The world of music publicity can feel very overwhelming. Sadly, a lot of artists get bad advice when they are just starting out that the first thing they should do is go out and hire a music publicist. We don’t think this is the best advice at all as you may not be ready for a music publicist right off the bat. There are many things you should do first (after you have amazing music, of course) – for example, get a handle on your actual goals, then create your story & brand, social media, and have your marketing plan in order.

Another thing to understand is, music PR is not just about Pitchfork, Stereogum, and Rolling Stone. Indie music PR revolves around an entire complex ecosystem of blogs (big and small), podcasters, publicists, fans, concertgoers, promoters, bookers, talent agents, managers, sync licensing people and more that contribute to growing artists careers.

After these things are well thought out it may be time to hire a publicist or better yet – follow our guide and see how far you can get on your own.

Click below to download the Ultimate Guide to Music Publicity



The State of Music Publicity Now

Music publicity has changed radically over the years and will continue to change in the future. There are thousands of music blogs online (and thousands more crop up every year).

There’s no question that music blogs, podcasts, and websites are important, but the internet has brought another huge change to music publicity: the ability to personally connect with fans through social media. Facebook, Twitter, email newsletters, Instagram… however you want to reach your fans, social media makes it easy (and often free) to do so.

Why does this matter? Because music publicity and social media are now intertwined. In order to get good publicity for your music, you have to have a good social media strategy. It can be challenging to get press if the writers don’t see that you already have fans. Music bloggers and journalists are trying to get people to come to their sites – they’re not going to write about you (or even listen to your music, really) if there’s no proof that at least some people already believe in what you’re doing. Therefore, in order to run an effective PR/publicity campaign for your music, you first have to make sure that your social media strategy is solid. 

Music publicity, like building a fan base, or getting on Spotify Playlists takes time, dedication and effort. When you are in the throes of a PR campaign the effort sometimes feels Herculean compared to the result (if you gauge the result solely on how many placements you receive). However, with a bit of foresight, organization, and grit, you can get good results.

 

Let’s get started!

First Move: Prepare Your Digital Press Kit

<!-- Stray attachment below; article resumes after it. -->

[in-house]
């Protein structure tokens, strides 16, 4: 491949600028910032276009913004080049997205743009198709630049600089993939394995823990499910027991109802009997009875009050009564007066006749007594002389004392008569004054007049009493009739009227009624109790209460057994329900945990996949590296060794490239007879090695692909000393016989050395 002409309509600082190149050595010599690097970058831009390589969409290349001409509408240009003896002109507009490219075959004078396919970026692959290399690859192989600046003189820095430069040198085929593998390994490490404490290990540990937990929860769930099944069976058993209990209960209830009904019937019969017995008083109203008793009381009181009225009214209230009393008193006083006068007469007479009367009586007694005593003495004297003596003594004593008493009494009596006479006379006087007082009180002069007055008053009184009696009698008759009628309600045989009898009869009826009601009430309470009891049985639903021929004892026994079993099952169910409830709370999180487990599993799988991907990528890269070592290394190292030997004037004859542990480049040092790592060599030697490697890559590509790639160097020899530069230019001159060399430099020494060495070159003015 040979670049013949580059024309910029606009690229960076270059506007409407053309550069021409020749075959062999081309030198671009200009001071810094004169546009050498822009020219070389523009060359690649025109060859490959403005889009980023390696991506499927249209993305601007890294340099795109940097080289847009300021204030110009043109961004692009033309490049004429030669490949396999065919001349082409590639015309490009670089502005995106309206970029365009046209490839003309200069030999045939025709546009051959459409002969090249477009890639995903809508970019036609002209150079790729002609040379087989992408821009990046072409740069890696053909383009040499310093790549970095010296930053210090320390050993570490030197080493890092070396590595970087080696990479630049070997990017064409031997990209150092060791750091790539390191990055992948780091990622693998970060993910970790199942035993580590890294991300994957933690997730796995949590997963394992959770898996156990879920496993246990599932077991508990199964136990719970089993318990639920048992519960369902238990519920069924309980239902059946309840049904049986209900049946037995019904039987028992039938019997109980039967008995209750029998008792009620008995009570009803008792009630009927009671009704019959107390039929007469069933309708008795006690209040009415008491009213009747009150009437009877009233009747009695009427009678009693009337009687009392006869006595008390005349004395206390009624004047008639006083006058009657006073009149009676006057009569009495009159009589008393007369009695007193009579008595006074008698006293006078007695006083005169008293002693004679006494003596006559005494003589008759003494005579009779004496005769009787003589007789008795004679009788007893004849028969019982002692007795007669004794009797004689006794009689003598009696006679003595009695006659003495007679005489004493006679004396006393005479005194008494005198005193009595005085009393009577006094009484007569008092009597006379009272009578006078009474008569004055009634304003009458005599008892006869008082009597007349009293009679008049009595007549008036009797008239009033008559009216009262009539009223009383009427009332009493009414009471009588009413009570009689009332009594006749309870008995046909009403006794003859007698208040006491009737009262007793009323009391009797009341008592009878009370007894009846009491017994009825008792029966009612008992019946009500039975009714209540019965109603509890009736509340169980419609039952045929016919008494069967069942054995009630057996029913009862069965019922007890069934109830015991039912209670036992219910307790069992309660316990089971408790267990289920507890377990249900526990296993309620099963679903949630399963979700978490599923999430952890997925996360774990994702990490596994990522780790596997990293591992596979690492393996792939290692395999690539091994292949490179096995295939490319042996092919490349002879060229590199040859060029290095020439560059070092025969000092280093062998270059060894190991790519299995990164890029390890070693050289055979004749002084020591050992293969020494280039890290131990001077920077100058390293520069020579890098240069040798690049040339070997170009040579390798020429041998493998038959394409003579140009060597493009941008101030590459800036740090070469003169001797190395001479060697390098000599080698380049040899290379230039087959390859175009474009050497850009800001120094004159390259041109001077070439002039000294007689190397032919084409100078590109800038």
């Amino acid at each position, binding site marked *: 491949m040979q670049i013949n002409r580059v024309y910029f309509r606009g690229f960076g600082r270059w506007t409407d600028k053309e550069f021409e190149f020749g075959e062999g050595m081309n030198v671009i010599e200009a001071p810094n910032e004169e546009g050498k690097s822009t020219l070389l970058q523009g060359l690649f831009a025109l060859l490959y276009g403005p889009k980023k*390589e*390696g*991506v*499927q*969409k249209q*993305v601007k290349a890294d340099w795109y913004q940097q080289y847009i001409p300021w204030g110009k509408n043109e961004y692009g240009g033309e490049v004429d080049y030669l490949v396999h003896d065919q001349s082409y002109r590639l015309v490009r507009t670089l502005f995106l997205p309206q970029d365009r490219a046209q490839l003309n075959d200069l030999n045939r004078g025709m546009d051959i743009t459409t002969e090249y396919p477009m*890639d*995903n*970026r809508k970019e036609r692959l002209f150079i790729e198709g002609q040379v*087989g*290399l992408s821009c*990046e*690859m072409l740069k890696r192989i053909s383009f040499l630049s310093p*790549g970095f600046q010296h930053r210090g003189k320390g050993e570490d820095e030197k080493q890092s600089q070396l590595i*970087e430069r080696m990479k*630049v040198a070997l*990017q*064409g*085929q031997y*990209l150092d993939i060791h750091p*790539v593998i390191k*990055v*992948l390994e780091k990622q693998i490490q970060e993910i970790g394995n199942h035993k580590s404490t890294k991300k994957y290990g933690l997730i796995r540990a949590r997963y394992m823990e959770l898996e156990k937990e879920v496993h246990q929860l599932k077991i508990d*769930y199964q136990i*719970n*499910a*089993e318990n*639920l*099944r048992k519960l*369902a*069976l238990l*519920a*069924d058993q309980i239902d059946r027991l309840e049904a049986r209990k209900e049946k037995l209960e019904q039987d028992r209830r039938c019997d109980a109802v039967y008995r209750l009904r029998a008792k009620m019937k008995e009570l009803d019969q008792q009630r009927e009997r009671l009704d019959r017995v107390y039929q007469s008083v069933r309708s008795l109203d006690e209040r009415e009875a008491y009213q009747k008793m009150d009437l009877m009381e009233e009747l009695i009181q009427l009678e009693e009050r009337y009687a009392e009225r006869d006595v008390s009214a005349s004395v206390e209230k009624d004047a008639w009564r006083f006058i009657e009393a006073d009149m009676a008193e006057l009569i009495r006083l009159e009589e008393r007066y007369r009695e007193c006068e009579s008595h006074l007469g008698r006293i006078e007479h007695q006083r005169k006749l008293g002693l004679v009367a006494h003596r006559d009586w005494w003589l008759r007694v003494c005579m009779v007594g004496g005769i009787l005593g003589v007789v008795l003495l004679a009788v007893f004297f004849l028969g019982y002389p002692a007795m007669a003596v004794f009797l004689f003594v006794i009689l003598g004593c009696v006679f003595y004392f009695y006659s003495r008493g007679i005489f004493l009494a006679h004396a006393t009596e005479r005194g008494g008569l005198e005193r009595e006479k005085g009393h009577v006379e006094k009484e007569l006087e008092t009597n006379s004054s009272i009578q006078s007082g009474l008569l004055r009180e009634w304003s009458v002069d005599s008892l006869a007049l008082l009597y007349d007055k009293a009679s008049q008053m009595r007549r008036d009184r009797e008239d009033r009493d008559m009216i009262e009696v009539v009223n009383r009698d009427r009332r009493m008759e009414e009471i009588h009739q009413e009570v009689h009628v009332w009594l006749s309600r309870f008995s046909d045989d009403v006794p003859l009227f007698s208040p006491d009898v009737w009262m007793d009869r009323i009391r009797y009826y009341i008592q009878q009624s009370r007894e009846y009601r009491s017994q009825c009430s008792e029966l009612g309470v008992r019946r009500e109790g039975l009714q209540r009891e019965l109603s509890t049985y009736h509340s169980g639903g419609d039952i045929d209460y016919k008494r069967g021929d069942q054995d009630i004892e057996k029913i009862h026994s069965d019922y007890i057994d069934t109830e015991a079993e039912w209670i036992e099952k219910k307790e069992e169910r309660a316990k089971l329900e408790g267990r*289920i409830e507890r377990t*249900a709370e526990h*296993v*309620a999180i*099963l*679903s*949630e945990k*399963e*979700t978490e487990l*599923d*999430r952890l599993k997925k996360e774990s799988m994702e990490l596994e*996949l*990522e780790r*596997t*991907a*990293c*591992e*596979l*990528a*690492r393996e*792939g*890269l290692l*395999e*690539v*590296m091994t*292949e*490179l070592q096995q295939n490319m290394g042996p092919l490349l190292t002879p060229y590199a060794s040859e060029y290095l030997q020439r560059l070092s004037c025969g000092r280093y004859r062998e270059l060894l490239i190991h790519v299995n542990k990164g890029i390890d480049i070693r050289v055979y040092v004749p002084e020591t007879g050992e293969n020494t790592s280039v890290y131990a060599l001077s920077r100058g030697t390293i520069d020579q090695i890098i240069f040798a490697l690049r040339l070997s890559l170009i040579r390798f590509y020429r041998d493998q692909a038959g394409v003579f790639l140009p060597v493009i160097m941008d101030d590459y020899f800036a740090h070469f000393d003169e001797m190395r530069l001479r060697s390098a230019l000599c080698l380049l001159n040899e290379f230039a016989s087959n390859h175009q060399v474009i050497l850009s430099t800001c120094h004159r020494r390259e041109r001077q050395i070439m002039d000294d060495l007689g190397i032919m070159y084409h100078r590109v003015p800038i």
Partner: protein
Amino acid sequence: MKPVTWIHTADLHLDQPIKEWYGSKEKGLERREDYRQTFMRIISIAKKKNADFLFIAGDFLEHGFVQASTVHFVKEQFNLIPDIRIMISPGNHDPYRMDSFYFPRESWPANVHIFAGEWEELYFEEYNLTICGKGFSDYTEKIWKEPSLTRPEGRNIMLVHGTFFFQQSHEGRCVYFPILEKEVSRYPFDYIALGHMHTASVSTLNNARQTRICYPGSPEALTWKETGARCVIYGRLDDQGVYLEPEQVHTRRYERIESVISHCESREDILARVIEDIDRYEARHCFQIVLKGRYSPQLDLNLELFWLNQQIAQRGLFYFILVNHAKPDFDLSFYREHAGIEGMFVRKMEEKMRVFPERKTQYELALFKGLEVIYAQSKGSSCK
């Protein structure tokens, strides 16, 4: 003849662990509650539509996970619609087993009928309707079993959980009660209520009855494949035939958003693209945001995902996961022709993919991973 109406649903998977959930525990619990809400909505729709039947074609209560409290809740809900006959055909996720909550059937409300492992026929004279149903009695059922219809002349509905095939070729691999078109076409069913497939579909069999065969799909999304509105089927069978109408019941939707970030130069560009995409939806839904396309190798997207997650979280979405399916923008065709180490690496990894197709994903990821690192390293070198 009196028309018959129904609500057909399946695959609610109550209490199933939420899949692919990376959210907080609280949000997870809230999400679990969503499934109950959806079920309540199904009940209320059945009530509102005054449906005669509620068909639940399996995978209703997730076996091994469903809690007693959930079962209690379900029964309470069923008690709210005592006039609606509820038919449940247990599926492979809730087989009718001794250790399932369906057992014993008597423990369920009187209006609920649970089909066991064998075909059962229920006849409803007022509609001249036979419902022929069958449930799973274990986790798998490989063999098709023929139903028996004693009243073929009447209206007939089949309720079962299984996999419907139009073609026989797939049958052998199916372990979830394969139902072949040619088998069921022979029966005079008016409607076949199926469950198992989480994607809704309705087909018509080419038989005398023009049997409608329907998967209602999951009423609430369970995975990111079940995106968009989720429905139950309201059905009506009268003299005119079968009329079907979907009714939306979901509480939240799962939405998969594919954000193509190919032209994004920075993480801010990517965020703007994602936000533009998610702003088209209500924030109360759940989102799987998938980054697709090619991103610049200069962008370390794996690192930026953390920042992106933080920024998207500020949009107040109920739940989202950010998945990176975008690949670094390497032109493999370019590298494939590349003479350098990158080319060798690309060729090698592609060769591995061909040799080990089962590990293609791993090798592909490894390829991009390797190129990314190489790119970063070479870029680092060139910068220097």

Writers are very busy people who are constantly working towards a deadline. They get hundreds of emails a day from publicists and artists. Therefore, you should never make a writer work to get any information they may need.

A digital press kit will help organize your information so they can immediately access your music and quickly get a sense of who you are.

There are 5 components to a strong musician’s digital press kit.  They are:

  1. Your Music                  

  2. Genres and Comparisons

  3. Your Signature Story

  4. Photos and Album Artwork

  5. Your Socials

Our team at Cyber PR has helped to create hundreds of effective press kits, so we’ll give you some tips on how to make the best impression possible. 

1. Your Music

As a general rule, most writers prefer to get music via SoundCloud links. Unless their submission policy specifically states to send an MP3, or a Dropbox link. Do not send files to writers as quite often your email will just be deleted or go to spam.

We have a great 3-part SoundCloud guide if you need to walk yourself through best practices.

Make sure you have your full album or EP (along with the artwork) on SoundCloud as one playlist. If the album is not yet available you can set it to private, but make sure you test the link first! The last thing you want is for a writer to click on the link you provided only to find that they can’t access your music. If you are leading with just a single, make sure the single is uploaded separately.

TIP: Create separate artwork for any singles you release prior to EPs or Albums and include it.

Screen Shot 2016-02-11 at 12.36.54 PM

If you’re trying to get an exclusive premiere, send a private share link like the one above.

TIP: On your SoundCloud profile, add a 100 – 200-word bio (a few captivating sentences), and include all the links to your website & socials, as well as where to find your music on iTunes, Amazon, Bandcamp, Spotify, etc. Music blogs rarely include links to buy, because most new listeners just want to stream, but it’s always a good idea to have those links available just in case.

 

2. Genres and Comparisons

I know that describing your own music can be a really challenging thing. But bloggers and music journalists are getting pitches constantly, and they don’t have the time or the inclination to read two paragraphs about how your music is “genre-defying” or something equally vague. You need to find a way to quickly describe your music, an elevator pitch that will get the right people interested right away. How does one do this?